In addition, the female threaded area in the extension’s base can accommodate up to 15/32” (.46875”) of the threaded end of a magazine tube. This is excessive to say the least, as 870s typically only have about .3” of exposed magazine tube thread with the barrel in place. Some guns will have a hundredth of an inch or two more than that, but I’ve also measured guns with as little as .23” of magazine tube ahead of the barrel guide ring, and adding sling plates or other under-cap accessories can reduce the amount of tube exposed by another tenth of an inch or so.
With over half an inch of space before the interior of the extension shrinks down to the standard mag tube inner diameter, there will be a substantial gap between the two tube sections with pretty much any 870. Between this wide gap and the abrupt transition from the threaded area to the narrower extended tube, very careful follower selection will be needed for the Vang Comp +2 to run reliably.
On that subject, Vang Comp’s magazine extension kits come with the company’s own replacement stainless steel magazine follower. This follower is also sold separately on Vang Comp’s website for $22.
This is a cup-style follower with a body that’s .9” in diameter and .63” long, and an internal cup that’s .75” wide and half an inch deep. The body is broken up by two wide grooves that leave three raised bands for the follower to slide on. Running through the center of the follower is a .47”-diameter hole that saves a little weight, and should help to relieve pressure drag in the sealed Vang Comp extension. But the main purpose of this hole, according to the follower’s page on Vang Comp’s website, is to make it easier to feel when the magazine is empty. This it does very well; the hole is immediately and positively apparent to the touch, and clearly distinguishes the follower from the base of a shotshell.
Unfortunately, the same cannot be said for visual checks of the magazine. The bare stainless steel could very easily be mistaken for a steel shell cup or vice versa, especially for rushed and/or distracted users. Painting the visible end a bright color is a recommended safety step for anyone using this follower; though for such an expensive – and supposedly top-end – aftermarket part, this really should have already been done by the manufacturer.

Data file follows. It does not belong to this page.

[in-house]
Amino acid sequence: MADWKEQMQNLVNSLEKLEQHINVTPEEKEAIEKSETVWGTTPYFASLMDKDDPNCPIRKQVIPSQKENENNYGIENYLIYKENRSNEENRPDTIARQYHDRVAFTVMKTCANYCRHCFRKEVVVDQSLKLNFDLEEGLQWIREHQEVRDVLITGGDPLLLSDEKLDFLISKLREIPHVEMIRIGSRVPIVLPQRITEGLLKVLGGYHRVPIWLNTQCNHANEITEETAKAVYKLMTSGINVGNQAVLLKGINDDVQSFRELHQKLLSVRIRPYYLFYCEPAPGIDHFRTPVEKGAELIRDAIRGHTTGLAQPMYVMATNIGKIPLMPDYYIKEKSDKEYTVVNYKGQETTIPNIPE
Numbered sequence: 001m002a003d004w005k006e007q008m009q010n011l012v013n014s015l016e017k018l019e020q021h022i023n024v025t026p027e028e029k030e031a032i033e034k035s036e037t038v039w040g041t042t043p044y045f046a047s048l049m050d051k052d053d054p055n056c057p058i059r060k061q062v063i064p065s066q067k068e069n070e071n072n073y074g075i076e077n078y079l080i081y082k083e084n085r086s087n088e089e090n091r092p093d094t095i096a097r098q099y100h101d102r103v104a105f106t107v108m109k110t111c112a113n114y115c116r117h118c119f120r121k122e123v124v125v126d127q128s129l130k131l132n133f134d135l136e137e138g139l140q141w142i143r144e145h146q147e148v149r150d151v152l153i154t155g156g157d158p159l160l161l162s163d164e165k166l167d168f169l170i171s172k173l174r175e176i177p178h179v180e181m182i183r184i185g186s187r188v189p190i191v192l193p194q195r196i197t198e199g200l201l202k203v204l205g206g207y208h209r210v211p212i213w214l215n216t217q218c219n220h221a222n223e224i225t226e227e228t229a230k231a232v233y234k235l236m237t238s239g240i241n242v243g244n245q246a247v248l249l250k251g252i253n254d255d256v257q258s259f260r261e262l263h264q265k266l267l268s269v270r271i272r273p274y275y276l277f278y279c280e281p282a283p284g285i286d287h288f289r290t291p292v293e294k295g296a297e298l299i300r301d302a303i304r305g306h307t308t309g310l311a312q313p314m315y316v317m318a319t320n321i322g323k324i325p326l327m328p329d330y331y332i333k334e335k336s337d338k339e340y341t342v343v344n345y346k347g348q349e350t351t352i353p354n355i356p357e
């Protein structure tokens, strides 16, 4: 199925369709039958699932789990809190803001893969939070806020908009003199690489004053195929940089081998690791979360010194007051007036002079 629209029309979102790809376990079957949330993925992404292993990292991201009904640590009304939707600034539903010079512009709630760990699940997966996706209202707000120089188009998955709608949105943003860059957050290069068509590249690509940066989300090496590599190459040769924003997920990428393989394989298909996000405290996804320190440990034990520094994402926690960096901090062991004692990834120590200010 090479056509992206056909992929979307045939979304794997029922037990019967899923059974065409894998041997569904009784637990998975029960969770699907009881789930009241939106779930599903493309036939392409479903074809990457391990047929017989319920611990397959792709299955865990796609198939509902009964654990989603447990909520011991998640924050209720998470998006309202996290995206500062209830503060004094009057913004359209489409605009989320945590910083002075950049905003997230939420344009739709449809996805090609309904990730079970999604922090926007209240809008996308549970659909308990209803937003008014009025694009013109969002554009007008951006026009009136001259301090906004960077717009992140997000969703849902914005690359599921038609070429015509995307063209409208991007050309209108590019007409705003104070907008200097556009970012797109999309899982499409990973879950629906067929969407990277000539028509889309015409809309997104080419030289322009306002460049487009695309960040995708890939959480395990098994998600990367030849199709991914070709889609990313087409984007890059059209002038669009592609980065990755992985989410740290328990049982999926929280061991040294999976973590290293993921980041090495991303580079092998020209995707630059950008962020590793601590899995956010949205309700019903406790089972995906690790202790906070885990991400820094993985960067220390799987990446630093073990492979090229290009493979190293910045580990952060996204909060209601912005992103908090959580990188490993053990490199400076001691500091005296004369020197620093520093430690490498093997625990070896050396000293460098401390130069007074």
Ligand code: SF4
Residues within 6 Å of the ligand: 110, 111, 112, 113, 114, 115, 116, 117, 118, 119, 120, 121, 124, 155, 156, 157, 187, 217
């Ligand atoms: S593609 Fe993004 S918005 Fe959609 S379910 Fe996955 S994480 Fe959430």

I’ll state right here that I am not a fan of metal magazine followers. I’m fully aware that the 870 and many other shotguns have used metal followers in decades past. However, today’s modern polymers are more than strong enough to handle the minimal stresses experienced by a magazine follower, and compared to steel alternatives, quality polymer followers are lighter, less expensive, inherently high-visibility (as opposed to paint or other surface treatments that can wear off), lower-friction, immune to corrosion, far easier to modify if needed, and cause less wear to other parts in the gun that are not as easy to replace. The only real downside to polymer followers is their shorter operating life, but with good design and material selection, appropriate replacement intervals should still be measured in years, if not decades. As with virtually any firearm, the 870 has a number of components that should be replaced periodically to ensure reliable function, so also replacing the follower occasionally is not that big of a deal. I personally have no problem with buying and installing a new polymer follower every once in a while in order to get all the other advantages of the material – especially since even high-end polymer followers are not all that expensive.
But with that said, I’m going to set the issue of material aside because this follower’s biggest problems are a result of its triple-bearing-band geometry, not what it’s made from. This same design in aluminum or polymer would have the same functional problems.
Vang Comp’s website claims that the follower’s reduced bearing surface makes it travel smoother in the magazine tube, which doesn’t make much sense. Sliding friction is dependent on two things: the coefficient of friction between the two surfaces in question, and the magnitude of the force pressing those surfaces against each other. Reducing the contact surface area will not directly affect the total friction between non-deforming surfaces.
It’s also claimed that the grooves between the rings will collect debris that ends up in the magazine tube, making the magazine easier to clean. I can’t really refute or confirm this, but either way, I don’t think it’s much of a consideration. In my experience, the 870’s magazine isn’t that prone to collecting powder residue to begin with. The only route by which smoke or soot can get from the chamber & receiver into the magazine is pretty well blocked by a shell or the follower. My live-fire testing of the Vang Comp extension included one long range session where I ran hundreds of shells – mostly inexpensive target loads & cheap buckshot with fairly dirty powders – out of an 870 that had already gone months without a cleaning. By the end of the day, the inside of the receiver was pretty well gummed up, and there was noticeable added resistance when cycling the action, but when I pulled the gun apart for cleaning that evening, the interior of the magazine tube just needed a quick wipe, and the stainless follower was virtually spotless.